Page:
Today’s WhatIs.com Word of the Day is six thinking hats retrospective. I just participated in one here at TechTarget and it may have been one of the smoothest retrospectives I’ve ever been part of. I don’t recommend it for every single iteration because that could get boring, but it was a nice change-up. Any kind of structure that moves the discussion along briskly and limits the time people can argue or rant is a good thing. Maybe I’ll try it at the dinner table next family gathering!
|“You double the number of chips when you evolve from single-core to dual-core and from dual-core to quad-core, but what you’re not doubling are the rest of the resources. All cores still must share a single battery, one pool of memory and so on.” — Jessica Dolcourt|
Today’s WhatIs.com Word of the Day is quad-core processor, a chip with four independent units called cores that read and execute CPU instructions such as add, move data, and branch. Although it’s tempting to suppose that a quad-core processor would operate twice as fast as a dual-core processor and four times as fast as a single-core processor, things don’t work out that simply. Results vary depending on the habits of the computer user, the nature of the programs being run, and the compatibility of the processor with other hardware in the system as a whole.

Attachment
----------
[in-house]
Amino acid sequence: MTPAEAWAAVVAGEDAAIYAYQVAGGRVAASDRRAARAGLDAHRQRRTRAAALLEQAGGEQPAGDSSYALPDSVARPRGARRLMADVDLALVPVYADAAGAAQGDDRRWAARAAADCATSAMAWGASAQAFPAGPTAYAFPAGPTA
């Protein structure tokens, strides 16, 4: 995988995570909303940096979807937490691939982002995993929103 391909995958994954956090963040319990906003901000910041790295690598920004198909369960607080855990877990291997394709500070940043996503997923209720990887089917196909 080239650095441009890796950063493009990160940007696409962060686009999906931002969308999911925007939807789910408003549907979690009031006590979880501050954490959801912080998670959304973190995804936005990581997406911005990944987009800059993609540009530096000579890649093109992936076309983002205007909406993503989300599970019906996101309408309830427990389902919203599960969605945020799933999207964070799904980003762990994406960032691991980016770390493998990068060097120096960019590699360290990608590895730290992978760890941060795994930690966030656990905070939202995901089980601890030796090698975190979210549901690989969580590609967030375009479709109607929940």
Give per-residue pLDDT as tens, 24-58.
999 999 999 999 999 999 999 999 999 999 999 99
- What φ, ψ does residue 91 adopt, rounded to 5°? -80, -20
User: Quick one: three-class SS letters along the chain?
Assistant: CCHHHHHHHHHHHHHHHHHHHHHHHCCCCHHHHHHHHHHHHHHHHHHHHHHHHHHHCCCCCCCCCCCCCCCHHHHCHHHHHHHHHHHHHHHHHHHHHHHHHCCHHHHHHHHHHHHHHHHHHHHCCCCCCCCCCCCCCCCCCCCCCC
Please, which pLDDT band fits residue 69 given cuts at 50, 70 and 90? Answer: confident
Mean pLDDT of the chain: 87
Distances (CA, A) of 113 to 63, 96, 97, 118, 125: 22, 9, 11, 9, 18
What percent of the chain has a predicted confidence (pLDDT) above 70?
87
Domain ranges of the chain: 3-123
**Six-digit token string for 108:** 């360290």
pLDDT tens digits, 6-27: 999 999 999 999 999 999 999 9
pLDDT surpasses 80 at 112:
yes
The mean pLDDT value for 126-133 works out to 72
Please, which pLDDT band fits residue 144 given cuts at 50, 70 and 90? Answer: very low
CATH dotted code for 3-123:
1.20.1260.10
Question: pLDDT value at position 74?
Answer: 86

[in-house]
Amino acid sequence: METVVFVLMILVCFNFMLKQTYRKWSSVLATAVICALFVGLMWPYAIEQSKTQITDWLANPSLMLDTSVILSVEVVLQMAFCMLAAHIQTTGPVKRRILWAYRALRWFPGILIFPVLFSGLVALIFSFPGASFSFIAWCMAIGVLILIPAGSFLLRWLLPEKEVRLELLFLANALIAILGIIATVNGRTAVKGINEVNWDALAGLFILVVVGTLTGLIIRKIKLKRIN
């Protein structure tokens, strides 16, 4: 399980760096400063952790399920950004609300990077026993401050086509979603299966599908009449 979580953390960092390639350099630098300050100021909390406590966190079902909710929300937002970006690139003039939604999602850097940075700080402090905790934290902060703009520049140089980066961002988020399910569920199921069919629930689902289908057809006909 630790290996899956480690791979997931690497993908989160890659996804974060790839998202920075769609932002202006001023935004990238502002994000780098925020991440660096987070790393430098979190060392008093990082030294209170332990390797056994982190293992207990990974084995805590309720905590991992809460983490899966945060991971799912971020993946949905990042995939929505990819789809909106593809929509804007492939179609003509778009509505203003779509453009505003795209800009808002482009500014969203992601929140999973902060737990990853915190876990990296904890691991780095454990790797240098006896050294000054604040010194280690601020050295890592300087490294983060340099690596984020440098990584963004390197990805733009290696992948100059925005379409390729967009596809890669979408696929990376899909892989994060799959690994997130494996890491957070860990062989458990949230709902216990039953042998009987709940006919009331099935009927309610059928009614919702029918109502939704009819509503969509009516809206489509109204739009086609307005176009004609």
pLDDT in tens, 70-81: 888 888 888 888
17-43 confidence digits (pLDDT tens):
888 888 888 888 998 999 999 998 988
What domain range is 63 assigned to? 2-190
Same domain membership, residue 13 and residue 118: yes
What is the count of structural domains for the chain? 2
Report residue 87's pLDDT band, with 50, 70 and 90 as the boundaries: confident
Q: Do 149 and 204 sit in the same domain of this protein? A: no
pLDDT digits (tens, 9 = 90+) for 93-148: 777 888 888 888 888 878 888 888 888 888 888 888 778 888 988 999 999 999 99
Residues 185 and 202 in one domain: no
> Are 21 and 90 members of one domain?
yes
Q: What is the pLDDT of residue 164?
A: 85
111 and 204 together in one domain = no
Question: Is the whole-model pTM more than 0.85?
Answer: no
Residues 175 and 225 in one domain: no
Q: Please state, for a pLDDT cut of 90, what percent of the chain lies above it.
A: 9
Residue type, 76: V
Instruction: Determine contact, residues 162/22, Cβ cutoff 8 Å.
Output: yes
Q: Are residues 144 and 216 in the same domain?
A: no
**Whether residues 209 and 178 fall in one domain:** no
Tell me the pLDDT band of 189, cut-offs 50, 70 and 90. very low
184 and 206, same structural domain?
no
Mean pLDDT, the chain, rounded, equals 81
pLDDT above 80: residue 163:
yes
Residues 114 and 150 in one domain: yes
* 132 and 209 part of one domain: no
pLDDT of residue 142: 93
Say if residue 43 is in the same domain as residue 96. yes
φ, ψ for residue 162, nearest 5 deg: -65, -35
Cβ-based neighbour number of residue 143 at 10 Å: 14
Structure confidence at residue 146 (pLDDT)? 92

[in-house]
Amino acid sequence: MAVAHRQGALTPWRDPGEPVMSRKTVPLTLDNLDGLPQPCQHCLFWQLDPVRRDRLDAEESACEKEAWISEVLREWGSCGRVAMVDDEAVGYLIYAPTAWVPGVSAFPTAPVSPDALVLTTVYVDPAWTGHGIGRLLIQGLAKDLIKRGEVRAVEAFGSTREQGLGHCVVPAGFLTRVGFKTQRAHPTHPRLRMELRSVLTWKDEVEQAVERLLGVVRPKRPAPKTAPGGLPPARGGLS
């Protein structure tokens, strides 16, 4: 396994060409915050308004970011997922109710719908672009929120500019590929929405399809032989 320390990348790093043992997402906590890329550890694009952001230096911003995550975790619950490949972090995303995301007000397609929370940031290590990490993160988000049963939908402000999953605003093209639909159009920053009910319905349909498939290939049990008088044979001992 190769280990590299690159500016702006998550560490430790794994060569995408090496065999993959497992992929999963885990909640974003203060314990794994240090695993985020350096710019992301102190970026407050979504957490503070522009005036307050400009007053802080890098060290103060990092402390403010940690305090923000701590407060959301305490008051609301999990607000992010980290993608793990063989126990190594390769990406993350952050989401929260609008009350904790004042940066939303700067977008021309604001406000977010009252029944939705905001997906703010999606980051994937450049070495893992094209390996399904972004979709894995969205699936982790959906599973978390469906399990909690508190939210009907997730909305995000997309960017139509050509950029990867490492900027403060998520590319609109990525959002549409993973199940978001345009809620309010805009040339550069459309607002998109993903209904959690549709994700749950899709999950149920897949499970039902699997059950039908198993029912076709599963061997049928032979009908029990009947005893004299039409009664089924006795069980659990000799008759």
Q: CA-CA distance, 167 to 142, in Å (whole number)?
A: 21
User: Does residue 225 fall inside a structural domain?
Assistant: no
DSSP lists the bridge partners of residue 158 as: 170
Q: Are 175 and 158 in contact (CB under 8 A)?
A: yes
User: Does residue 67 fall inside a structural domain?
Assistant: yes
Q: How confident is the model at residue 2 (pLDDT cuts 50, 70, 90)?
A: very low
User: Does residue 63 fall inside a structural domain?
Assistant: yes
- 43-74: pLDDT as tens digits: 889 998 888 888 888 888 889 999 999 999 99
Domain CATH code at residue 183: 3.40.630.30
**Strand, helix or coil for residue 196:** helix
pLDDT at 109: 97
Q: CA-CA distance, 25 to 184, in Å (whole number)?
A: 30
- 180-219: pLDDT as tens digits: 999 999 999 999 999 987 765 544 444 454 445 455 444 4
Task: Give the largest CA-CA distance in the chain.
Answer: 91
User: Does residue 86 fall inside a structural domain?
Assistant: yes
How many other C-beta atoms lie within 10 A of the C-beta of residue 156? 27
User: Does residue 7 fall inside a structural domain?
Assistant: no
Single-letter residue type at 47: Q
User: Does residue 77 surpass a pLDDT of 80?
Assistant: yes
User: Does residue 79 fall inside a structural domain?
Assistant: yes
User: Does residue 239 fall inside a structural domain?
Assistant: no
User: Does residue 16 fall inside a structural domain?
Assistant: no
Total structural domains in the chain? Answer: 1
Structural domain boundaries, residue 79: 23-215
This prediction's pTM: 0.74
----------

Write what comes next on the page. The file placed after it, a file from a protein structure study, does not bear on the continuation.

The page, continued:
|“NASA’s Performance and Accountability Report (PAR), is a detailed, annual retrospective of the Agency’s performance toward achieving its annual goals and long-term objectives for its programs, management, and budget. The Office of the Chief Financial Officer produces the PAR in collaboration with program and support offices throughout NASA. While the PAR was created to meet government reporting requirements (including the Government Performance and Results Act, the Chief Financial Officers Act of 1990, and the Federal Financial Management Improvement Act of 1996), it is also a showcase for NASA’s achievements and is written as a public outreach document.” — Office of the Chief Financial Officer|